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ICS 121: The Unified Process
- What is the (Rational) Unified Process?
- RUP Key Practices
- RUP Concepts
- RUP Phases
- RUP Workflows
- RUP Workers
- Who does what and when?
- Why use RUP?
- Some things to notice about RUP
What is the (Rational) Unified Proces?
- It is a comprehensive, practical software process defined and
promoted by Rational Software Corporation (now part of IBM).
- Based on traditional software engineering methods. Based on
experience with large software projects, but made simpler and more
- Emphasis is on UML and design
RUP Key Practices
- Develop software iteratively
- The team is forced to work through many types of problems early
- User feedback on early releases can inform later work
- Releases provide fairly trustworthy measures of progress
- Mangage requirements
- Other decisions are traceable back to specific requirements
- Individual requirements can be prioritized for each release
- Use component-based architectures
- Thinking in terms of components facilitates reuse and
separation of concerns
- Emphasize architectural decisions because they affect
how well the system can satisfy its requirements
- Visually model software
- UML makes design decisions clear and exposes design problems
- Design quality strongly product quality
- Continuously verify software quality
- Allows QA team to work all the time, not just a rush at the end
- Test results are objective measures of progress
- It is cheaper to fix problems sooner
- Control changes to software
- Written change requests facilitate clear communications
- Developers can safely work in parallel in their own working copy
- Change control board (CCB) can manage the risk of changes made
in given release
- Metrics on changes indicate progress, effort, and certain risks
- A role that a person plays. E.g., designer,
- A unit of work that a worker does. An activity
usually takes hours or days of effort. E.g., writing a use case,
coding a function, reviewing a design, or testing a component. Each
activity is done at some cost to the organization.
- A document, source file, or other piece of information
that is produced or used by a worker during an activity. Each
artifact is an asset to the organization.
- a sequence/flowchart of activities that result in
the production of desired artifacts. E.g., requirements, design,
- All the work that goes into producing an internal
release. This includes all the workflows needed to produce that
release. Each iteration emphasizes a subset of workflows based on
- A set of one or more iterations that together, at least,
satisfy a milestone criteria. Phases are analogous to waterfall
phases, except that all activities are done to different degrees in
- Development cycle
- All the effort that goes into producing one
release of a product to the market. This is the largest unit of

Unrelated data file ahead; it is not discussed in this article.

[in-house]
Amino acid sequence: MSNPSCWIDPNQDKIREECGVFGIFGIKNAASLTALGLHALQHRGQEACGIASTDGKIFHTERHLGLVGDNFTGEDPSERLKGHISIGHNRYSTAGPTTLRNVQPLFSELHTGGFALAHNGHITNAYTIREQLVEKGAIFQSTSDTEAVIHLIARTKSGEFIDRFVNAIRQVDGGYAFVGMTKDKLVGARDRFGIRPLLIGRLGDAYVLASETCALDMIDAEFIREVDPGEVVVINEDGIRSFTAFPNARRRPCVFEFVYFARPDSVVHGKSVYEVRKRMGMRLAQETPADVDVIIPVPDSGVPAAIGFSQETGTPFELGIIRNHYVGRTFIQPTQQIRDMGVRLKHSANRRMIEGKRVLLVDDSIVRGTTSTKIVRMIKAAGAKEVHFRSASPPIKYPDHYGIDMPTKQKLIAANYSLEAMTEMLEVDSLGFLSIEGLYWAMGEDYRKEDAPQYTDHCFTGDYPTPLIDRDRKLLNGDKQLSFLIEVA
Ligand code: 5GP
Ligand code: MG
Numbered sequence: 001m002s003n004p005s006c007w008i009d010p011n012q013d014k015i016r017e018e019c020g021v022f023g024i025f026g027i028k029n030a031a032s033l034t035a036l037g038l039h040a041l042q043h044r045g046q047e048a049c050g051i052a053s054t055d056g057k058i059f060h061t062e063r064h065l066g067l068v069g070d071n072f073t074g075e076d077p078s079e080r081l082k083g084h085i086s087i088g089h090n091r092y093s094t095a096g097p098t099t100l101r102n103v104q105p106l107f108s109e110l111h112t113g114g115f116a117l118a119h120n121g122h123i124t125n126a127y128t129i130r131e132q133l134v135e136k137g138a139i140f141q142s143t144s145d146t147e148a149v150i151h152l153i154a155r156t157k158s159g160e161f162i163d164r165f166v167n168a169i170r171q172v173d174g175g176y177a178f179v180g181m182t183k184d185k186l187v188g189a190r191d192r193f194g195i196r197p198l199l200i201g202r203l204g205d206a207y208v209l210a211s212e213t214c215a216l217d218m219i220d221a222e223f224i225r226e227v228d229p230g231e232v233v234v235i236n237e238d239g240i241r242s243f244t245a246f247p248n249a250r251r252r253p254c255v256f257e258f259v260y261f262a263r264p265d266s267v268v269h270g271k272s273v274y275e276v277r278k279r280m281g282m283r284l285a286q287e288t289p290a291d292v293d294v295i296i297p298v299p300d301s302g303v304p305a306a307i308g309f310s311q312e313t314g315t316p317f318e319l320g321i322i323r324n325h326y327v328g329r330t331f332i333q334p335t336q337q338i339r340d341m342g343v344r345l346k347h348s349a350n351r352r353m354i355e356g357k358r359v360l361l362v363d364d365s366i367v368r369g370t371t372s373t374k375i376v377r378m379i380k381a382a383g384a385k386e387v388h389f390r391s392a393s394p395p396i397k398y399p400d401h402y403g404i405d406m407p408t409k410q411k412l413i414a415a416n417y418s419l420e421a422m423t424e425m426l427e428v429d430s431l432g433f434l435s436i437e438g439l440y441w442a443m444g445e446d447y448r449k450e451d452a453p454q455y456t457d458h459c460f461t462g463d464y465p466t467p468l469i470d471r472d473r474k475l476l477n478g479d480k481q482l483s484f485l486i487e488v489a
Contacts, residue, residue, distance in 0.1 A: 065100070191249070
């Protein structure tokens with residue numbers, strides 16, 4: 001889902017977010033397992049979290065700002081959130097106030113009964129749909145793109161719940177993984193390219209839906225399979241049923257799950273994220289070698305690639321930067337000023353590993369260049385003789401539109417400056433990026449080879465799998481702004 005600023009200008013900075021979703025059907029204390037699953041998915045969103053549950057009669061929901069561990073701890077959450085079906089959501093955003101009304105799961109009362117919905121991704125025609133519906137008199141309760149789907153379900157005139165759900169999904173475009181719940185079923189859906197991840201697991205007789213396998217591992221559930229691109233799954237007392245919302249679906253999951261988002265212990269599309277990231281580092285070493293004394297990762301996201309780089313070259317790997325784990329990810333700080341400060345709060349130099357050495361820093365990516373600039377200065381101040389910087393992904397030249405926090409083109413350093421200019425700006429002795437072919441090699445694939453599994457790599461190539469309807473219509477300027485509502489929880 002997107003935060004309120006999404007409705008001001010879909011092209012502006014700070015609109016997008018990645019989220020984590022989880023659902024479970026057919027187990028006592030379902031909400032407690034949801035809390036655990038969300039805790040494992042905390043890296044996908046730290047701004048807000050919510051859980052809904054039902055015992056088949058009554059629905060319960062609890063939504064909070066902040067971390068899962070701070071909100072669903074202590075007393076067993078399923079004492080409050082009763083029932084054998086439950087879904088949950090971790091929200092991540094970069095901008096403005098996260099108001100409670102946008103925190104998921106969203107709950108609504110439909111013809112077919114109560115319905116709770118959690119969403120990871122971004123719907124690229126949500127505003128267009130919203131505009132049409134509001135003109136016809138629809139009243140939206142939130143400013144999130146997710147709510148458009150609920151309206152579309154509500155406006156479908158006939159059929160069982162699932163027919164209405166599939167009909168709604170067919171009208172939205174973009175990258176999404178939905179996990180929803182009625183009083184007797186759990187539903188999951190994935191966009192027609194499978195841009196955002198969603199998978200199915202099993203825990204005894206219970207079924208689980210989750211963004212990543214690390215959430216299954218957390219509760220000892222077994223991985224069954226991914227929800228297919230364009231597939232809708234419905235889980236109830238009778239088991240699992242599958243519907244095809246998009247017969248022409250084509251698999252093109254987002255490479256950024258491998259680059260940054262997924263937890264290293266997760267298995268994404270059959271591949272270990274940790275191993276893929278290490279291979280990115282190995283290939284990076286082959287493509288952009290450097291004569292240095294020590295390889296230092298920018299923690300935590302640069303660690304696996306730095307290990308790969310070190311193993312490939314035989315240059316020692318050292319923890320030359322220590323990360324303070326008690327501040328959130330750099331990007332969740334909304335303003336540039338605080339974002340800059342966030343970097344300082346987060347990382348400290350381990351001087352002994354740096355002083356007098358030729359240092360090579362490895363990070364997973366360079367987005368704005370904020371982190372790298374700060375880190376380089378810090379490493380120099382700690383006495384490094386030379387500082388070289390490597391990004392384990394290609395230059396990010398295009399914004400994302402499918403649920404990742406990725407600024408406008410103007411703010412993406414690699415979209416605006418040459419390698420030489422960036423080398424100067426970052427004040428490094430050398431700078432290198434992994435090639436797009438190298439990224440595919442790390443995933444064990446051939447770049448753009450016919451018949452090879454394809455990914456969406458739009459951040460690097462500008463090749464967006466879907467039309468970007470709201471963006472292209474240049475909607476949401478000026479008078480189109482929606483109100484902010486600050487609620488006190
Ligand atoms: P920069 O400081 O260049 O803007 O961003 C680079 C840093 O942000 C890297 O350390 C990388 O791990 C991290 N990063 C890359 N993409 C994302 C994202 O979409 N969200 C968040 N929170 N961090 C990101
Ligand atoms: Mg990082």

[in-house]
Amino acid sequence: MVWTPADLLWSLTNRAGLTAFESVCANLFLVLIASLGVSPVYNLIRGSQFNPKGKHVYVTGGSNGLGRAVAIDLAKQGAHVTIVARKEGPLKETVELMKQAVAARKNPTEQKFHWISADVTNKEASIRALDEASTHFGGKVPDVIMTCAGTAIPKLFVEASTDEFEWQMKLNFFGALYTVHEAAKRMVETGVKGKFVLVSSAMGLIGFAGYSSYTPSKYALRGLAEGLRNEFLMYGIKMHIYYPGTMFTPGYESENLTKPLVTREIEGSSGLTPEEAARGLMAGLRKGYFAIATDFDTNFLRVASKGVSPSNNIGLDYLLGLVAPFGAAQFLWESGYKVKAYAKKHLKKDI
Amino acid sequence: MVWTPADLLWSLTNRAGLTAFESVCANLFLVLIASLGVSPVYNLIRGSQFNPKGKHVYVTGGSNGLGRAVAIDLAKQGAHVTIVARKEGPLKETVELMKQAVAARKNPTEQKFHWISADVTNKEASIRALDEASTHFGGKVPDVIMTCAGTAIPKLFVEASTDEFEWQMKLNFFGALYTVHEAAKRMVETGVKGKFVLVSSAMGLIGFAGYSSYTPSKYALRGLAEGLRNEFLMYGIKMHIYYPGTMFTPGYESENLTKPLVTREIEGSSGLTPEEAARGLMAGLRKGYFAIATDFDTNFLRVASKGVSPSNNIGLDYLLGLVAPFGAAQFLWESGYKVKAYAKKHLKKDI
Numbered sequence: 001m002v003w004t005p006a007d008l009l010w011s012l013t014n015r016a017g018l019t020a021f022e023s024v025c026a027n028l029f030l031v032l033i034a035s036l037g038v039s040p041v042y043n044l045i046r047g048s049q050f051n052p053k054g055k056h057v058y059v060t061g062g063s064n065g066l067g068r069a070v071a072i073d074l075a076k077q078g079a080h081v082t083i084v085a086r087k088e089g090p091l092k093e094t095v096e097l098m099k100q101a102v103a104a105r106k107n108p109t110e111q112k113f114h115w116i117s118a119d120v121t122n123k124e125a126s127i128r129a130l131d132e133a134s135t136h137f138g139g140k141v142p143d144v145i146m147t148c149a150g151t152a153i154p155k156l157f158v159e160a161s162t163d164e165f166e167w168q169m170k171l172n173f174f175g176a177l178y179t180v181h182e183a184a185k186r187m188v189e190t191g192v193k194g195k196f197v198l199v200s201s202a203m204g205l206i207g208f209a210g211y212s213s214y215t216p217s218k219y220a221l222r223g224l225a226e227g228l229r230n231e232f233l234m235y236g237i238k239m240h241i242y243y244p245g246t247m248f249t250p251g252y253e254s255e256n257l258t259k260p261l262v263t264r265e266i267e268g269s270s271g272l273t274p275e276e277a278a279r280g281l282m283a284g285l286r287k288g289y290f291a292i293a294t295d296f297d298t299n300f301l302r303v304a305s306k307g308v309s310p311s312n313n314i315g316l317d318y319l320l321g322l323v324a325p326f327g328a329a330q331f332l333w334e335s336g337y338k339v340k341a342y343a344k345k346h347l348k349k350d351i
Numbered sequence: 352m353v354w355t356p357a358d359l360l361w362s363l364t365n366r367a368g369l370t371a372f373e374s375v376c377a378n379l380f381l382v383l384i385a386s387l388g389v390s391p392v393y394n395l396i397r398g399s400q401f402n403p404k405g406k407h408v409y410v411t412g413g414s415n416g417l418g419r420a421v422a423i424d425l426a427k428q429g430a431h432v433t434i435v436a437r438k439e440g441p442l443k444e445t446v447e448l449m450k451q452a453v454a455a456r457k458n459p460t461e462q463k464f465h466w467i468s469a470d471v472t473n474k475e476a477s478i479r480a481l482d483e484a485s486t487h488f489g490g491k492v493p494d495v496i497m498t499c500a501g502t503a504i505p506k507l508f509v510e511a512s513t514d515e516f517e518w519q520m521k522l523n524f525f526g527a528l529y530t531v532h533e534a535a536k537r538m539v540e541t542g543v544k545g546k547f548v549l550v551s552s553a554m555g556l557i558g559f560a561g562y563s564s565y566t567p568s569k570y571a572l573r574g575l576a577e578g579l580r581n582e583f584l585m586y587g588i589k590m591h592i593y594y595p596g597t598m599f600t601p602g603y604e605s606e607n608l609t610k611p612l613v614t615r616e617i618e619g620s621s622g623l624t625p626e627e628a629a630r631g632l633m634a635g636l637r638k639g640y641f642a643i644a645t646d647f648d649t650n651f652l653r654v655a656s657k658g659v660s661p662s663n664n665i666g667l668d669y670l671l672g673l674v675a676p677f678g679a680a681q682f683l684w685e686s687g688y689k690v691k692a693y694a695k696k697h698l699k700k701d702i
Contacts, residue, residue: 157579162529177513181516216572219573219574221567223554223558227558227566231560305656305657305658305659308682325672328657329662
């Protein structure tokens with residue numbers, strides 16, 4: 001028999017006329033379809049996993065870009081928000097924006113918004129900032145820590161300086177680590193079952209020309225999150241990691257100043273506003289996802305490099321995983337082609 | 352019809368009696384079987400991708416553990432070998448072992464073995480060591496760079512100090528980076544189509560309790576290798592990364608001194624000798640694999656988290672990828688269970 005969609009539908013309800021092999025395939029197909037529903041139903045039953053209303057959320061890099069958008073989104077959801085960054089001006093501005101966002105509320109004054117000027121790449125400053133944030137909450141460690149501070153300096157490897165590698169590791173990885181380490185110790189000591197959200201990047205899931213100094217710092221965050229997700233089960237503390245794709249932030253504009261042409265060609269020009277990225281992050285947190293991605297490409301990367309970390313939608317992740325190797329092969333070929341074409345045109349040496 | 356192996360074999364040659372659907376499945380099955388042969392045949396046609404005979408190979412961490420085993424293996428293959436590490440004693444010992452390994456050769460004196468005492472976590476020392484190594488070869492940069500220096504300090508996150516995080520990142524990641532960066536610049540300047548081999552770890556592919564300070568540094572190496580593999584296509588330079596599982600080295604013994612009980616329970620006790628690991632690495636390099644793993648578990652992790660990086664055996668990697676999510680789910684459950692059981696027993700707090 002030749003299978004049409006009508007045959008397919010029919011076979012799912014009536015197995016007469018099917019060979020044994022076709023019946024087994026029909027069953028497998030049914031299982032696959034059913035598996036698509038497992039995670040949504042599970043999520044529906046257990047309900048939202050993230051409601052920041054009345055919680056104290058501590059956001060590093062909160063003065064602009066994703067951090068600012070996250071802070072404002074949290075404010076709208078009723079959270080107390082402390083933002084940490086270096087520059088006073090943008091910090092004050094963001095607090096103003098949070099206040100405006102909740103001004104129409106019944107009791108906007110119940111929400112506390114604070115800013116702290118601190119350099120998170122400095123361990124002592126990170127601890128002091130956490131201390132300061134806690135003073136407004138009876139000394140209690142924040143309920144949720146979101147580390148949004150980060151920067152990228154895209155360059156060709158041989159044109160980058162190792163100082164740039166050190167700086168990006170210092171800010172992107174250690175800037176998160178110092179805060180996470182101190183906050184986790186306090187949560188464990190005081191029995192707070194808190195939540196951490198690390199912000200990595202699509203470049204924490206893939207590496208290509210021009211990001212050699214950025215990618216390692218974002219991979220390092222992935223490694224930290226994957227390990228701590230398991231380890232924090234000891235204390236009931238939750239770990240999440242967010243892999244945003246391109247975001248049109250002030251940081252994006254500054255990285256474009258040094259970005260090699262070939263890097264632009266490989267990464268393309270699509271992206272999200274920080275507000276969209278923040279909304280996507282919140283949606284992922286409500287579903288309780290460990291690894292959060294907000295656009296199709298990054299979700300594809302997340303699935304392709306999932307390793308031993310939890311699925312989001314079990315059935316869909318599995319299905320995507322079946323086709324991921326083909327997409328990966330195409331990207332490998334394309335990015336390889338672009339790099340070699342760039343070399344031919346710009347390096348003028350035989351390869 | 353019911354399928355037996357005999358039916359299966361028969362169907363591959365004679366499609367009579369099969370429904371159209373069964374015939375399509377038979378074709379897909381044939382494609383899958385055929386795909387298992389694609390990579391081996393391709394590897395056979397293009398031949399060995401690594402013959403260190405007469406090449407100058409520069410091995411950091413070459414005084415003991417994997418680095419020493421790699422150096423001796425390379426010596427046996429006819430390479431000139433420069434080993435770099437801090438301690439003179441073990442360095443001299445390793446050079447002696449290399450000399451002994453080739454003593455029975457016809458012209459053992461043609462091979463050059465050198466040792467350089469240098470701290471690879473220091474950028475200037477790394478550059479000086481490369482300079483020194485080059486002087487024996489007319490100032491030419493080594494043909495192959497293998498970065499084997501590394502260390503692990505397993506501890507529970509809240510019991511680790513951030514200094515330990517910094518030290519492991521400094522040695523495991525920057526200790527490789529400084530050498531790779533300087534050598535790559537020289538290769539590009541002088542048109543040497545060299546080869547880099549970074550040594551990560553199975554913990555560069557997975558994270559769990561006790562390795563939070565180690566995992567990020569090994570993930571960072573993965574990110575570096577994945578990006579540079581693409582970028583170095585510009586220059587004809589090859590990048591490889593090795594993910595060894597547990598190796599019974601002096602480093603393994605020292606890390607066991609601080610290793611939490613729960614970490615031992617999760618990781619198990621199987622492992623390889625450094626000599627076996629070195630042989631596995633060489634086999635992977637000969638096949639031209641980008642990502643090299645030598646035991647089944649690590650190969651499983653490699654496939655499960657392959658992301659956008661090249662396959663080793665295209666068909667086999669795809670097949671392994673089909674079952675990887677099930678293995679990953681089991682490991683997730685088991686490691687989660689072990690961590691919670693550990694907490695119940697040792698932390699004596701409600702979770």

- Each phase is disctinct in it's goal. Different workers can
work on any workflow in any iteration, e.g., your programmer can
implement a prototype in the inception phase, but it is not itself
the goal for that phase.
- What does the customer really want?
- What is our plan for this entire release? Is it feasible?
- How long will it take? how much will it cost?
- E.g., 6 weeks for v1.0.0, and 2 weeks for minor versions
- More formal requirements
- Design how the system will work
- Prove to ourselves that the design is good enough. E.g., by building initial prototypes.
- E.g., 10 weeks for v1.0.0, and 2 weeks for minor versions
- Build and test the system.
- Fix problems as they are found.
- Create all documentation, data, etc.
- E.g., 20 weeks for v1.0.0, and 9 weeks for minor versions
- Finish up the system and package it.
- Prepare the customer accept it, and our company's departments
to support it. E.g., training, prepare tech support engineers.
- Actually ship it (or install it on ASP servers) and support it.
- E.g., 5 weeks for v1.0.0, and 1 week for minor versions
Who Does What and When?
||One development cycle
- Dark cells = workflow is emphasized in that phase
Why Use RUP?
- RUP has good old-fashioned software engineering principles.
Managers like RUP.
- RUP is an actual process, not just a process model
- It contains specific advice on specific activities
- When to do each activity and how much.
- Integrated tool support for the more formal artifacts (e.g.,
Rational Rose for UML)
- Document templates for less formal artifacts
- In any process, one big challenge is getting everyone to have
the same understanding of the process.
- In any process, another big challenge is having too many
people trying to define, refine, or change the process. Process
definition is often tied into office politics. More vocal or
eloquent people can have undue influence.
- A unique feature of RUP is that it can be purchased: books,
tools, training, templates, project websites, etc.
- As a result, adopting RUP can deflate some arguments over
process and make the whole team focus on actually carrying out the
- RUP has enough adoption to make it a marketable job skill.
Some things to notice about RUP
- Similar to the synch-and-stablize model:
- iterative development
- parallel work by different workers with different skills
- process guidance emphasizes both risk management and
- Details of the process are built into the tools and document
- There is no maintenance phase. Further changes are always made
as part of a new development cycle.